A couple of weeks ago - DG IX: Guioco Piano - I mentioned that I’d recently stumbled across the existence of FIDE’s Social Action Chess Commission and a SACC report which included a section on chess and dementia. While the involvement of Doctor Robert Friedland, a bona fide researcher in the field, was welcome news, much less a cause for celebration was the way FIDE chose to report  the good Doctor’s work. 

The tragedy of FIDE’s Social Action Committee report is not so much that it plumbs the depths of standards reached by a pretend 'Doctor' off the tellybox. It’s that the report actually represents a step forward by the usual standards of our 'community'.

Tuesday, July 22, 2014

Jarmany In My Head

Horton-Jarmany, round 3, British Championship (Aberystwyth) 2014
Position after 27...Rf8-h8. White to play and to be disturbed.

I'm on nought out of three. I'm not happy. I messed up a super game: I'm not at all happy. But in fact I'm much unhappier than that.

White is winning, in the above position. (You might like to check that, because it's pertinent. It's not the whole point of the story, but it's pertinent.) He's winning, but he has just four to five minutes, plus thirty-second increments, to play the next fifteen moves. He has lost the thread a little - hence the time shortage - and has already missed at least one of the clear wins which he has used his time up looking for. But he is still winning.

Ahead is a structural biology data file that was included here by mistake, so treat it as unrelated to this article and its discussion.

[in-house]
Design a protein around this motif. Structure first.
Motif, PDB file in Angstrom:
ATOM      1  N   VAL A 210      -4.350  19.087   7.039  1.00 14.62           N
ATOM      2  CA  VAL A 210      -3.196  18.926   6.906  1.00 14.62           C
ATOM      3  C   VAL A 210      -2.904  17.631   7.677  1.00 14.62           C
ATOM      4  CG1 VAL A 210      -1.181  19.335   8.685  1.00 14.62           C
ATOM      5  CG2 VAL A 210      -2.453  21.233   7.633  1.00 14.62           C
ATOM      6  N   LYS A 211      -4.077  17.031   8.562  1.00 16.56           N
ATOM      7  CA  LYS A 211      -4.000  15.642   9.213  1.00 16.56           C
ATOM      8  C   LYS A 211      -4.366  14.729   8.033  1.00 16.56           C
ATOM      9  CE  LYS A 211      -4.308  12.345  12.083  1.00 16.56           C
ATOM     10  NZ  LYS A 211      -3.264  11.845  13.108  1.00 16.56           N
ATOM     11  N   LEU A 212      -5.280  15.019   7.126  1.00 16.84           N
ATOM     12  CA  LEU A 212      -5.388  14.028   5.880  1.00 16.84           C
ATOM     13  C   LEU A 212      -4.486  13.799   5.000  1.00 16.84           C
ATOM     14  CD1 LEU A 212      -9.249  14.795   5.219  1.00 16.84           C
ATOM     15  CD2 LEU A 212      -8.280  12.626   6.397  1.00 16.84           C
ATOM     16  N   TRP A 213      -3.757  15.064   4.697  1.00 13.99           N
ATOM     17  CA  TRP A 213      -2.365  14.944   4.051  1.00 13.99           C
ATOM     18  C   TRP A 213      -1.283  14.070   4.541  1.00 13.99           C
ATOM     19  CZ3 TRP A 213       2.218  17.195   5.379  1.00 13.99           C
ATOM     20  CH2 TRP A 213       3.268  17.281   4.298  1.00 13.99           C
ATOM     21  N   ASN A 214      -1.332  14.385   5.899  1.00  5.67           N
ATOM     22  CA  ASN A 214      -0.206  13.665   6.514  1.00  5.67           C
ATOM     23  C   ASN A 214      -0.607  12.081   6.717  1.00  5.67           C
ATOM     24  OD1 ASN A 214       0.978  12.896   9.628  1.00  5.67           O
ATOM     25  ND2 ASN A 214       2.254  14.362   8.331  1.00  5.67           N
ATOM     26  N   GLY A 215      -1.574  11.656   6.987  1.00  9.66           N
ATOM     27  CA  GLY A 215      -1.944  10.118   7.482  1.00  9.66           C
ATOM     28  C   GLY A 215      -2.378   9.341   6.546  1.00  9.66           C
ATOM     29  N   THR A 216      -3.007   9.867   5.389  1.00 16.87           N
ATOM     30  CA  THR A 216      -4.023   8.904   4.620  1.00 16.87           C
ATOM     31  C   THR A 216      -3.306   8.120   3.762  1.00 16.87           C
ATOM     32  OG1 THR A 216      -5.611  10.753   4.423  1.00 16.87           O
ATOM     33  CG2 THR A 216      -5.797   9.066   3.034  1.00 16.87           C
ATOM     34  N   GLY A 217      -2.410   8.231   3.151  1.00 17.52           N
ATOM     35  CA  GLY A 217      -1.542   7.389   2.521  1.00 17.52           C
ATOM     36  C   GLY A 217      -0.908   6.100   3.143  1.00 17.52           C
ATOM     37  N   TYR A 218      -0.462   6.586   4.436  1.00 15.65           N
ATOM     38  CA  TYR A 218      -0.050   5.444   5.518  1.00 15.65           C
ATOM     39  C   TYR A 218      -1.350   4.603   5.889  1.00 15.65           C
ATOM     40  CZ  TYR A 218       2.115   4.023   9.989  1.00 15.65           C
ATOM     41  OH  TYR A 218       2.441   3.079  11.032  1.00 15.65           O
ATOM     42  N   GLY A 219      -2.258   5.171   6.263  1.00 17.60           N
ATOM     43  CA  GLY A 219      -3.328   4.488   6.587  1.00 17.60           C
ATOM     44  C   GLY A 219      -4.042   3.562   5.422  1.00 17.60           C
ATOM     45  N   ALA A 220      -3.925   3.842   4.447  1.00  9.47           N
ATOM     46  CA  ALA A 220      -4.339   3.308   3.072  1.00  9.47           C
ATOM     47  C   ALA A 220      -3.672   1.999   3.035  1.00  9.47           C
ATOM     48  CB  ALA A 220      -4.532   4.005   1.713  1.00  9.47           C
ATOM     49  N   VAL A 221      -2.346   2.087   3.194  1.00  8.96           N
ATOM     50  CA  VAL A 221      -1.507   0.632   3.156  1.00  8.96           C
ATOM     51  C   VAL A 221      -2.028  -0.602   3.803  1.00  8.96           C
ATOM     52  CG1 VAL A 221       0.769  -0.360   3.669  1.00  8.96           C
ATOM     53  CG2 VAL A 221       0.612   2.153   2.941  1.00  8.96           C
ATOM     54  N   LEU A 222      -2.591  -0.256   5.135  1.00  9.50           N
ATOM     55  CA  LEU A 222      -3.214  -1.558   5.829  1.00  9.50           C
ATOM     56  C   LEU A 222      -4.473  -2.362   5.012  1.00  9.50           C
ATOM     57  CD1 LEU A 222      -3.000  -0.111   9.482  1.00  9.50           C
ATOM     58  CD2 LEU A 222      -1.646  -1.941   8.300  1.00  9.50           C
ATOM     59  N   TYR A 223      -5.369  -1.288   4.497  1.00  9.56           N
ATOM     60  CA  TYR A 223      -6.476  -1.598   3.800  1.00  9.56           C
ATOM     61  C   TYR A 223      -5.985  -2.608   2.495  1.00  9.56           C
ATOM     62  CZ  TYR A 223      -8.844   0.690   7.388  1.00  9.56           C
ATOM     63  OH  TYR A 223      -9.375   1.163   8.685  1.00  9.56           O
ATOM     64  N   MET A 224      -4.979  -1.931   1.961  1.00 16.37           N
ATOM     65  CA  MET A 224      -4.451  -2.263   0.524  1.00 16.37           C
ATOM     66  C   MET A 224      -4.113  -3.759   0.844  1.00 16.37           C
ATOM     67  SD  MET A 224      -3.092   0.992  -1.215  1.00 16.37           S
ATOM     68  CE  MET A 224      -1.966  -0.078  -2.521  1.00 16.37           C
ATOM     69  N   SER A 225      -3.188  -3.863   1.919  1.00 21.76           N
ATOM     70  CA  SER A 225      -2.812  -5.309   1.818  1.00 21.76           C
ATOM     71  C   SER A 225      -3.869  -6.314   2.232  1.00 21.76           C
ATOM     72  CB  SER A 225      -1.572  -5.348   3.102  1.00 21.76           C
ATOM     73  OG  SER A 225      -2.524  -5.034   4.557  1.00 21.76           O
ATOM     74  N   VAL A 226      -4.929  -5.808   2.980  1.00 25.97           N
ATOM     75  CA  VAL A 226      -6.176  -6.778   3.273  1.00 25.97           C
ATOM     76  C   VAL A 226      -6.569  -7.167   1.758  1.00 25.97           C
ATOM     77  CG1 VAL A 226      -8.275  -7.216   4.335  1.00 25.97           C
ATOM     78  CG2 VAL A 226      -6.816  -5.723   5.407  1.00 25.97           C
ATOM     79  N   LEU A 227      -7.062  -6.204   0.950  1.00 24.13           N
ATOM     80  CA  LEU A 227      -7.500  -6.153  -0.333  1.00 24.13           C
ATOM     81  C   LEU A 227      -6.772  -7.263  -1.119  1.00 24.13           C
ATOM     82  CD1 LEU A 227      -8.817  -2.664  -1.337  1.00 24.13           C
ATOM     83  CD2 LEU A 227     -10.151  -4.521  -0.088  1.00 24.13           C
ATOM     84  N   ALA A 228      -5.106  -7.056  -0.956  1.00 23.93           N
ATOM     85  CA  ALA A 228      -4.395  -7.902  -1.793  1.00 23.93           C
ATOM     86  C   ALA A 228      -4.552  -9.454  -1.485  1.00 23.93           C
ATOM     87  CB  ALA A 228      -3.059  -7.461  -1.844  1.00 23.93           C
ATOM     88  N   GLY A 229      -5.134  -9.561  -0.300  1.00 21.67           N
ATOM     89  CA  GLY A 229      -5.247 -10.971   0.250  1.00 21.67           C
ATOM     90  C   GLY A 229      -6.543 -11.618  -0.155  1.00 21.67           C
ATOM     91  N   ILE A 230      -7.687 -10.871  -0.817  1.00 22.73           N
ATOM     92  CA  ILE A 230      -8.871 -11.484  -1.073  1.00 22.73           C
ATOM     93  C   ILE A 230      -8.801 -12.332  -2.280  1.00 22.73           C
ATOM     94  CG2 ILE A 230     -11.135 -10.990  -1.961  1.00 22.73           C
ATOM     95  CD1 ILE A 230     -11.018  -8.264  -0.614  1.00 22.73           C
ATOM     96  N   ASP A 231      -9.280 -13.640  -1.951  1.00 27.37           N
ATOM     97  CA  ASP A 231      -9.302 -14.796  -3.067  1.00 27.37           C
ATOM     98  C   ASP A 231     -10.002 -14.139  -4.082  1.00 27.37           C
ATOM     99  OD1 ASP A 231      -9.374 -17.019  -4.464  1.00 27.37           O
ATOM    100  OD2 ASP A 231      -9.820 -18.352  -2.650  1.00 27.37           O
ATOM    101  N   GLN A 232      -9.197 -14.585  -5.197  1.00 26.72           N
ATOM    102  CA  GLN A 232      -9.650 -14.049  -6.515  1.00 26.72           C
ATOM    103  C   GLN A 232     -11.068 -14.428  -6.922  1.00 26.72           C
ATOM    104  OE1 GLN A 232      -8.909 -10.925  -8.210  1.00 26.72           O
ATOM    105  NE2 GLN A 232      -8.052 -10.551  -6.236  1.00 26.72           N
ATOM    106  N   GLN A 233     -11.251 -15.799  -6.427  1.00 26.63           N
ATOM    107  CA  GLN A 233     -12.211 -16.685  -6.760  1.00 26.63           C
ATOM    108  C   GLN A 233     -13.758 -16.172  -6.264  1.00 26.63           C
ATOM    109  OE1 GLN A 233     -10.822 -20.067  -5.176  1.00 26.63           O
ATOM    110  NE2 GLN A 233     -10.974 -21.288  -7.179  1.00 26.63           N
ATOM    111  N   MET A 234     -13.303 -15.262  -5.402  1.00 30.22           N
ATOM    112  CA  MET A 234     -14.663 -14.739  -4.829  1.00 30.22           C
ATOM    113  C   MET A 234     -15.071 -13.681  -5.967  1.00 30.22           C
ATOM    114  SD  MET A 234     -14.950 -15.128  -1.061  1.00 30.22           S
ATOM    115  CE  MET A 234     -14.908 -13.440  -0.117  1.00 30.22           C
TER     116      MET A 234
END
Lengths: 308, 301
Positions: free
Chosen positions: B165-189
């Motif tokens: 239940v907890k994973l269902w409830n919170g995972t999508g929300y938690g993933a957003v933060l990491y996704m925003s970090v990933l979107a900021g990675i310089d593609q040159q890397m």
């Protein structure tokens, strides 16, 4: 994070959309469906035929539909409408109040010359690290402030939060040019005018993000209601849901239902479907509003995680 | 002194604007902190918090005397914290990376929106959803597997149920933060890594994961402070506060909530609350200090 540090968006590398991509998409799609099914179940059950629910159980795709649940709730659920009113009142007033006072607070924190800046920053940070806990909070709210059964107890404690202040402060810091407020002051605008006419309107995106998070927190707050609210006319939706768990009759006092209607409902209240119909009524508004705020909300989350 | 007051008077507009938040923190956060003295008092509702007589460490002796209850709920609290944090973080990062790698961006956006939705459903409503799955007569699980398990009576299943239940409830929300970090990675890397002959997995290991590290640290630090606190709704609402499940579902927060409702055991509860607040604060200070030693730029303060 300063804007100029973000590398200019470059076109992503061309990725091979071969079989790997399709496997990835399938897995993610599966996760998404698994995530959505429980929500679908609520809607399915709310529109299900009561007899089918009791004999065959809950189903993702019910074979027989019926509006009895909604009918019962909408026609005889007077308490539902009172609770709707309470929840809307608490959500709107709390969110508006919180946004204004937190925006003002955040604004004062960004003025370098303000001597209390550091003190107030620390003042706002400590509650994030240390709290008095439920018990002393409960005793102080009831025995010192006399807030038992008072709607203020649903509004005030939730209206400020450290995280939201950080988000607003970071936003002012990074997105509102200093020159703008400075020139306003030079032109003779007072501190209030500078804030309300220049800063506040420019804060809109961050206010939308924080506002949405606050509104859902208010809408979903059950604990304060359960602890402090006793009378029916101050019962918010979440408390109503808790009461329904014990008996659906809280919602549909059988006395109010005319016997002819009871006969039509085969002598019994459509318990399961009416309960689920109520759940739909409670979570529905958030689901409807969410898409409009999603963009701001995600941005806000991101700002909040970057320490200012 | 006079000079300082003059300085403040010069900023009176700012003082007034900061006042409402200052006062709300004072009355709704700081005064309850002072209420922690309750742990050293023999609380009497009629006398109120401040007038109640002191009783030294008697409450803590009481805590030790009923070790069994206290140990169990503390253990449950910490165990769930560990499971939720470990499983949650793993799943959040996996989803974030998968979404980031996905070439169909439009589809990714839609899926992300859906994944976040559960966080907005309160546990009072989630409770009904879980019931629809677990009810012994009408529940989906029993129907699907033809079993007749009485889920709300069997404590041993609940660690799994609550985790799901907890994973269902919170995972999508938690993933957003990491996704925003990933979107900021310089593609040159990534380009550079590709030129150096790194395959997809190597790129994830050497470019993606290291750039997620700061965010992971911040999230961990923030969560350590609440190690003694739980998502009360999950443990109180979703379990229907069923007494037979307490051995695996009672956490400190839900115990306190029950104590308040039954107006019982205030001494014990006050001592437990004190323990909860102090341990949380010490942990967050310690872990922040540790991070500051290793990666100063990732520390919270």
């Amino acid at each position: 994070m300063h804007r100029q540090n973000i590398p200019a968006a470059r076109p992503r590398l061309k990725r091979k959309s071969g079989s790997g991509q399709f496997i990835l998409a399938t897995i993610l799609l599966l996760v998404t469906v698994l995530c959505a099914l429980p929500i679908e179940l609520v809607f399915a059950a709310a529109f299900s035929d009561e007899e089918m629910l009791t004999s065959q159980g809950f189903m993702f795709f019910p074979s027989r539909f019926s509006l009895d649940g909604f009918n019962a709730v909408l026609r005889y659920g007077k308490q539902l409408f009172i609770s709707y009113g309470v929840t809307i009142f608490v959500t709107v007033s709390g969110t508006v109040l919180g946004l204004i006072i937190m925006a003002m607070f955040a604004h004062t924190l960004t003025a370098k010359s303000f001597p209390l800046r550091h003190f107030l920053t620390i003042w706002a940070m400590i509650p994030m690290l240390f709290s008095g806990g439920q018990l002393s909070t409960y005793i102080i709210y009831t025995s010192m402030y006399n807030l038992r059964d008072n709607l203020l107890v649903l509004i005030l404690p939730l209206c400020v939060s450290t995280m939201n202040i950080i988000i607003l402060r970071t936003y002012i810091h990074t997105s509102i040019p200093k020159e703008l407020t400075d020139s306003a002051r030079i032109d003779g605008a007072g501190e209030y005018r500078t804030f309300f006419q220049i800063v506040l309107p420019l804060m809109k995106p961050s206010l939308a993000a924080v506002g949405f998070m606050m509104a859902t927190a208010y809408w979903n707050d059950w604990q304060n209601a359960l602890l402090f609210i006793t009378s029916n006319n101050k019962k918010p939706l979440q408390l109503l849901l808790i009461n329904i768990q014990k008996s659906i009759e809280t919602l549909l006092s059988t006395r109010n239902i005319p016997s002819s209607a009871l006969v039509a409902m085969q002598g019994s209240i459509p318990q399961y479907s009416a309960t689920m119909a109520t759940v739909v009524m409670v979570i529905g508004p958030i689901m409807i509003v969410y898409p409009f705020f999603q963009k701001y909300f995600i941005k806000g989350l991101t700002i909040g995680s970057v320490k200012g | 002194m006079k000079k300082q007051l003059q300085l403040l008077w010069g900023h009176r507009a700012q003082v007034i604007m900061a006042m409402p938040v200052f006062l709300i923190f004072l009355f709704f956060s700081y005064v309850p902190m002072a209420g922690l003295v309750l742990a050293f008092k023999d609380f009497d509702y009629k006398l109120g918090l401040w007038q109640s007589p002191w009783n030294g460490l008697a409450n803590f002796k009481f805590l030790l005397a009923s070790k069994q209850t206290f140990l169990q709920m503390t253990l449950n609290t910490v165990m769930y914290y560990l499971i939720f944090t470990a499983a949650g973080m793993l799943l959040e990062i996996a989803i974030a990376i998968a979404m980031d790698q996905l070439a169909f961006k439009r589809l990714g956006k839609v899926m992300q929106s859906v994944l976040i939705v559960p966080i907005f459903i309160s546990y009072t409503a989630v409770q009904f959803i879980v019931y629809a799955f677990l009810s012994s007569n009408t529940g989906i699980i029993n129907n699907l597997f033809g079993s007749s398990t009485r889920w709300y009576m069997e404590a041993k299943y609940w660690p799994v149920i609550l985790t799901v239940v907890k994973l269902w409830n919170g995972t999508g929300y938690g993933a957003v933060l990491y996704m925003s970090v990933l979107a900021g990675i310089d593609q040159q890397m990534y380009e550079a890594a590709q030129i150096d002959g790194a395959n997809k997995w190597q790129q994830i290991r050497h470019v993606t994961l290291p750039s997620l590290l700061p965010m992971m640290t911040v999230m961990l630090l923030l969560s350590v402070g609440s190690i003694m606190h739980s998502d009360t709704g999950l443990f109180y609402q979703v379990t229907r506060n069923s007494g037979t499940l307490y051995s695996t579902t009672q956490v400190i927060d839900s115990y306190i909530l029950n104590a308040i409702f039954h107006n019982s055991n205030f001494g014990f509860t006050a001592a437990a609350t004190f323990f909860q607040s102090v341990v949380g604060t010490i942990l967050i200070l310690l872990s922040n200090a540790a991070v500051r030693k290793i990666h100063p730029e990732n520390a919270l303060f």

But while he is thinking, his opponent suddenly addresses him: "you still have to keep score even if there's less than five minutes". This is, as most readers will know, completely against the rules, since it is forbidden to talk to an opponent. [Edit: but see comments.]

It is, moreover, particularly wrong to talk to an opponent when it is his move. And more than particularly wrong to talk to him while he is in time trouble.

Monday, July 21, 2014

They’re Already Off


Black to play
Wade - Keene, British Championships 1971



And here we go. Or rather, there we went.

It was four years ago that I started writing about the format of the British Chess Championship [Bigger and Better?Wagging the Dog]. A year later [Mummy’s Little Prince and the Sheffield Rest Day] I wrote of the schedule - 11 round swiss, Monday to Saturday in week 1, Sunday rest day, Monday to Friday in week two - and how it had remained unchanged for several decades.